The first paragraph of C.S. Lewis' excellent book, The Weight of Glory, is quite possibly one of the most powerful, if not the most powerful paragraph that I have ever read (apart from Scripture).
That said, I'm only going to post the first portion of that paragraph to highlight what I've been thinking about for a week or two now;
"If you asked twenty good men today what they thought the highest of the virtues, nineteen of them would reply, Unselfishness. But if you had asked almost any of the great Christians of old, he would have replied, Love. You see what has happened? A negative term has been substituted for a positive, and this is of more than philological importance. The negative idea of Unselfishness carries with it the suggestion not primarily of securing good things for others, but of going without them ourselves, as if our abstinence and not their happiness was the important point."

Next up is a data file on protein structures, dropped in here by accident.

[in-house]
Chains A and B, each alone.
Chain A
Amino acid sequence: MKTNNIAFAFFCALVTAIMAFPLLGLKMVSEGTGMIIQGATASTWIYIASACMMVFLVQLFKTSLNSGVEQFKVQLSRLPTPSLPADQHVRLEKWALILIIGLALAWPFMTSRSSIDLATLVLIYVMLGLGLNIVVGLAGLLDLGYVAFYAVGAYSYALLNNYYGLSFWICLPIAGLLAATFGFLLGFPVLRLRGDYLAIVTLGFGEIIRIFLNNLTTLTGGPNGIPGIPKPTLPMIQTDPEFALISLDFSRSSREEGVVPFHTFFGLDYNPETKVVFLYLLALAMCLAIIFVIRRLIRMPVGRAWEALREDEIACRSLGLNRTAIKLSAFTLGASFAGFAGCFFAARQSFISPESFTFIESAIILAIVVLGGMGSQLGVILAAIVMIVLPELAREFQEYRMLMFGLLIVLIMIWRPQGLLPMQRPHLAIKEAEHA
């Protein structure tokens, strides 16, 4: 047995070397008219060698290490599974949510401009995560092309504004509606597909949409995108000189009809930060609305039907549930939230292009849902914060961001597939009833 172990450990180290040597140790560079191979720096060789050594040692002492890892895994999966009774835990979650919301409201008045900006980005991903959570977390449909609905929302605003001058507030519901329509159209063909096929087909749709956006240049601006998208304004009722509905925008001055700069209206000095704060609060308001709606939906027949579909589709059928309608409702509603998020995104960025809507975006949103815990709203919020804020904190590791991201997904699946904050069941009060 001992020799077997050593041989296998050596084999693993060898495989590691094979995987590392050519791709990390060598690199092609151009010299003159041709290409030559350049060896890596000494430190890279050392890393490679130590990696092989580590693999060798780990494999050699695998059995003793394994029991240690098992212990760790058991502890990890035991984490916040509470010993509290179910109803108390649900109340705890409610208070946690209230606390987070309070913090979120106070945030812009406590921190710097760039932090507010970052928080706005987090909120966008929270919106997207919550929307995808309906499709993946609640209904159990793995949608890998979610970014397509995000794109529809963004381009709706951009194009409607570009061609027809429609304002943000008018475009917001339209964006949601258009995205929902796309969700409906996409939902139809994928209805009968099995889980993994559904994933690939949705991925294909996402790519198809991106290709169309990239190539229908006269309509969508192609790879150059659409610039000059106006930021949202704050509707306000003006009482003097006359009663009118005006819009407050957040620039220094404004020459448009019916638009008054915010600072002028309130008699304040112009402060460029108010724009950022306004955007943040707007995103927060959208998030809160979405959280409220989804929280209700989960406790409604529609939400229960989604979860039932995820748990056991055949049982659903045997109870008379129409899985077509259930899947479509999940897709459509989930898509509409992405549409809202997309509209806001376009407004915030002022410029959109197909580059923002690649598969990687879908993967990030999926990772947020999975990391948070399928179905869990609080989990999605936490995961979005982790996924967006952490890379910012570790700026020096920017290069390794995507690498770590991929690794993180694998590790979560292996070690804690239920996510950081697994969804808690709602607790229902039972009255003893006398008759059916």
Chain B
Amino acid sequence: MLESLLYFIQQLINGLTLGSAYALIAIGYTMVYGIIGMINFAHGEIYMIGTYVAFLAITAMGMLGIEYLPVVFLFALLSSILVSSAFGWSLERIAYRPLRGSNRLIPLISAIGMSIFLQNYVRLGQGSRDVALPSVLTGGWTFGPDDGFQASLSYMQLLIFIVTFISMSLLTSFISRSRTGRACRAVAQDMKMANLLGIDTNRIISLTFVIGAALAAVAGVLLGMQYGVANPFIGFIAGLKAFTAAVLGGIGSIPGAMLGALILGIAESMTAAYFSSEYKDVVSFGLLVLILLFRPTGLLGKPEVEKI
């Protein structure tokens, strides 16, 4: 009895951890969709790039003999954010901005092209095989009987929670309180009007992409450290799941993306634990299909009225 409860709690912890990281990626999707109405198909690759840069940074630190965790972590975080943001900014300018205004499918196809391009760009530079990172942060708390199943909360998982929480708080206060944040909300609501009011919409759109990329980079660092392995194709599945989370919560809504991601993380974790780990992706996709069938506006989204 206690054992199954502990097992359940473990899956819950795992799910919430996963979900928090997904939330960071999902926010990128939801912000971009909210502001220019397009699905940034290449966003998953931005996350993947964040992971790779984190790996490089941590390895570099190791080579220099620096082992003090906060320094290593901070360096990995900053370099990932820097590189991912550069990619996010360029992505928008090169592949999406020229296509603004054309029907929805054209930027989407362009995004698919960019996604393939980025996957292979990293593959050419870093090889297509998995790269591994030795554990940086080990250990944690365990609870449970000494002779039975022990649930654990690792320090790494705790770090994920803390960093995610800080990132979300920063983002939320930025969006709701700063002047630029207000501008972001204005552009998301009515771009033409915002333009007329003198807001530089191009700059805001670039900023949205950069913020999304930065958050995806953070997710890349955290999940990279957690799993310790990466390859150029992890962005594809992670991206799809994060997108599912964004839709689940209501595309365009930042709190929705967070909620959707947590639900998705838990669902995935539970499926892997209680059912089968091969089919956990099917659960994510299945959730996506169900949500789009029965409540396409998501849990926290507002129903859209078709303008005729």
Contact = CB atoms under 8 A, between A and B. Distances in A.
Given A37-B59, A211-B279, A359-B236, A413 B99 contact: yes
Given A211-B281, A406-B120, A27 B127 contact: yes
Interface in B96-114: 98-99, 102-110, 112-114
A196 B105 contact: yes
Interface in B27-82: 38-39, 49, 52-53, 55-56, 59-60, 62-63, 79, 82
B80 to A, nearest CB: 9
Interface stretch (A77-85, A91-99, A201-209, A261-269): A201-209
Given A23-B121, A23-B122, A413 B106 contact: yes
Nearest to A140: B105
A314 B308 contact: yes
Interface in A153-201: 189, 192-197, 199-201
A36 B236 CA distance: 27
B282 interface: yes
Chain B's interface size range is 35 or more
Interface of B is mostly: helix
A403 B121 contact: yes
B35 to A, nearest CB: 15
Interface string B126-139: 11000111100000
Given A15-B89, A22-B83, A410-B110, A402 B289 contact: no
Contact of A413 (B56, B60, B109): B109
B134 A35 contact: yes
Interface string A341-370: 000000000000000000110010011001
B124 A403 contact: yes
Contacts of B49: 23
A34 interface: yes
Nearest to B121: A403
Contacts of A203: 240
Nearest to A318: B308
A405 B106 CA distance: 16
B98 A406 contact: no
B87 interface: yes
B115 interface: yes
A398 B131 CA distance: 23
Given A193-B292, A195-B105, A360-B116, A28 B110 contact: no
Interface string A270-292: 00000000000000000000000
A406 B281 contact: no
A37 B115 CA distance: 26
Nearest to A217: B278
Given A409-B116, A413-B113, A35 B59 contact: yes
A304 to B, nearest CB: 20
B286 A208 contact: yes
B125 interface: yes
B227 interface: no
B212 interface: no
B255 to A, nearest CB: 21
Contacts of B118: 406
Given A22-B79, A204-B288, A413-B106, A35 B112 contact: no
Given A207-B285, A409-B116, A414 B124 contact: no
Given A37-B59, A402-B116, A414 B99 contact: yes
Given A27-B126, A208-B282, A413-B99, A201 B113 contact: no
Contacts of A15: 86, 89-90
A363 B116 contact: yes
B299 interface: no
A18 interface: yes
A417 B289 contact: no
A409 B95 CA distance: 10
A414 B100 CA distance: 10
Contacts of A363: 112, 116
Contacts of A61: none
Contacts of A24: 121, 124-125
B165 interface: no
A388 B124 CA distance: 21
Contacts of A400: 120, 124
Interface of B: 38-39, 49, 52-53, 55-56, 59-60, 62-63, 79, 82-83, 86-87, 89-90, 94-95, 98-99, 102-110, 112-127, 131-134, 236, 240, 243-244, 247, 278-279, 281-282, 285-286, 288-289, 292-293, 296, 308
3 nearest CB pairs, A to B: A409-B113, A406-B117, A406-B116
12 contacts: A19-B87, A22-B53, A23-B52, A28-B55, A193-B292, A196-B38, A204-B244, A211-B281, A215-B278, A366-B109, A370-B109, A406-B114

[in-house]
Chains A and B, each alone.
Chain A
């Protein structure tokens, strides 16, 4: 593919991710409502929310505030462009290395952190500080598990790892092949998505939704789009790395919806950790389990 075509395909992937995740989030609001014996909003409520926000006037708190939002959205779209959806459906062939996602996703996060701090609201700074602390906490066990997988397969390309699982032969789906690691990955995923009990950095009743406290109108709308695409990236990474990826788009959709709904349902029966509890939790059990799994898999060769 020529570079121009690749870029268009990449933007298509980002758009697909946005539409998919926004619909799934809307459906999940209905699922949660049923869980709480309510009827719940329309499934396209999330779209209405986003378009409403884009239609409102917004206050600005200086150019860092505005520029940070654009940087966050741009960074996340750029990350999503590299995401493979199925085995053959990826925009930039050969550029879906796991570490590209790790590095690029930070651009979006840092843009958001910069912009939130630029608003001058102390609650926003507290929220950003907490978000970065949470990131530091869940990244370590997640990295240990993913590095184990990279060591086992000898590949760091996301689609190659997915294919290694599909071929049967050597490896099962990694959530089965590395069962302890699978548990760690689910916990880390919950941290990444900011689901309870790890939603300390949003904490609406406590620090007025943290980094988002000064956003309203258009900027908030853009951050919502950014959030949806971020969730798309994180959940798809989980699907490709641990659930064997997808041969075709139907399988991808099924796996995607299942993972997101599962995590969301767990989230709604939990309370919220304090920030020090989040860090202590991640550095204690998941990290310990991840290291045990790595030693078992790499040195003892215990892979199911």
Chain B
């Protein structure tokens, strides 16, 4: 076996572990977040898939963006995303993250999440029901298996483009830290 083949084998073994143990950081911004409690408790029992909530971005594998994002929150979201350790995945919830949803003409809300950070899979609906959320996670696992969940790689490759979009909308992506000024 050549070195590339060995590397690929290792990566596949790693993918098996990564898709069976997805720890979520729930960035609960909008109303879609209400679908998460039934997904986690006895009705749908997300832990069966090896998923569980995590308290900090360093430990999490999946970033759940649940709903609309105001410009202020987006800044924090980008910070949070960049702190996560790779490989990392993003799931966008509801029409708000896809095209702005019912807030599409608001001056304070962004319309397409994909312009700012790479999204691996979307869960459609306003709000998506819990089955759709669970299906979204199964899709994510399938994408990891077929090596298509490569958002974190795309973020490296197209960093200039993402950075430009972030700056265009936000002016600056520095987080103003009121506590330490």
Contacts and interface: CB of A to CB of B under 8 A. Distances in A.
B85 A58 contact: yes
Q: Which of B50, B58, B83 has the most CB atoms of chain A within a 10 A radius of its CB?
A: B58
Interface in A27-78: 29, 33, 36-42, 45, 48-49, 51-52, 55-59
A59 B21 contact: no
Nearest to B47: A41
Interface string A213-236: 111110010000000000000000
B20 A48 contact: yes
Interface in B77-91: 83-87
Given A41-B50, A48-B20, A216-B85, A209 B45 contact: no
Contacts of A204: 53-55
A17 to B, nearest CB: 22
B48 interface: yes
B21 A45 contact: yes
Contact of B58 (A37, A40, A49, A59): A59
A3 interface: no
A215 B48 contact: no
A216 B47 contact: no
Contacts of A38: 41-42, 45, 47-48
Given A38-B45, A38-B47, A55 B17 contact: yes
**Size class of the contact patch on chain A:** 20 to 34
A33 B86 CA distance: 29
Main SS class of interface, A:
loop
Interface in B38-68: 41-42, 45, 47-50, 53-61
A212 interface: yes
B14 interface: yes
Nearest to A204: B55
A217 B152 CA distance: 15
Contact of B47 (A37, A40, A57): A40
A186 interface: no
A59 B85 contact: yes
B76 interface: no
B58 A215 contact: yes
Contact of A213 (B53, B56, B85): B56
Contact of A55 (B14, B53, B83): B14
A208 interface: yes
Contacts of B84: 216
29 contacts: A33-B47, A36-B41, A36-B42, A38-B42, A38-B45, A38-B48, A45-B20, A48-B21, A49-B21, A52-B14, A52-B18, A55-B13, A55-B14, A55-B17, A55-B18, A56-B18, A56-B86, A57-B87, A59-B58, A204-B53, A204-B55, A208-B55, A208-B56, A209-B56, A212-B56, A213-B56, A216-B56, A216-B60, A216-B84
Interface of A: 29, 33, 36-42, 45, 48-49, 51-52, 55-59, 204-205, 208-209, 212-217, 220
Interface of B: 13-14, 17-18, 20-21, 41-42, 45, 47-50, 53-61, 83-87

A few paraphrases from my recent meditations on this paragraph:
Love does not merely sacrifice self for the sake of an other, but love does so while sincerely pursuing the happiness of the other.
Love is not the delight one takes in an other, rather it is the delight one takes in delighting the other.
The happiness of an other is the end that love is the means to.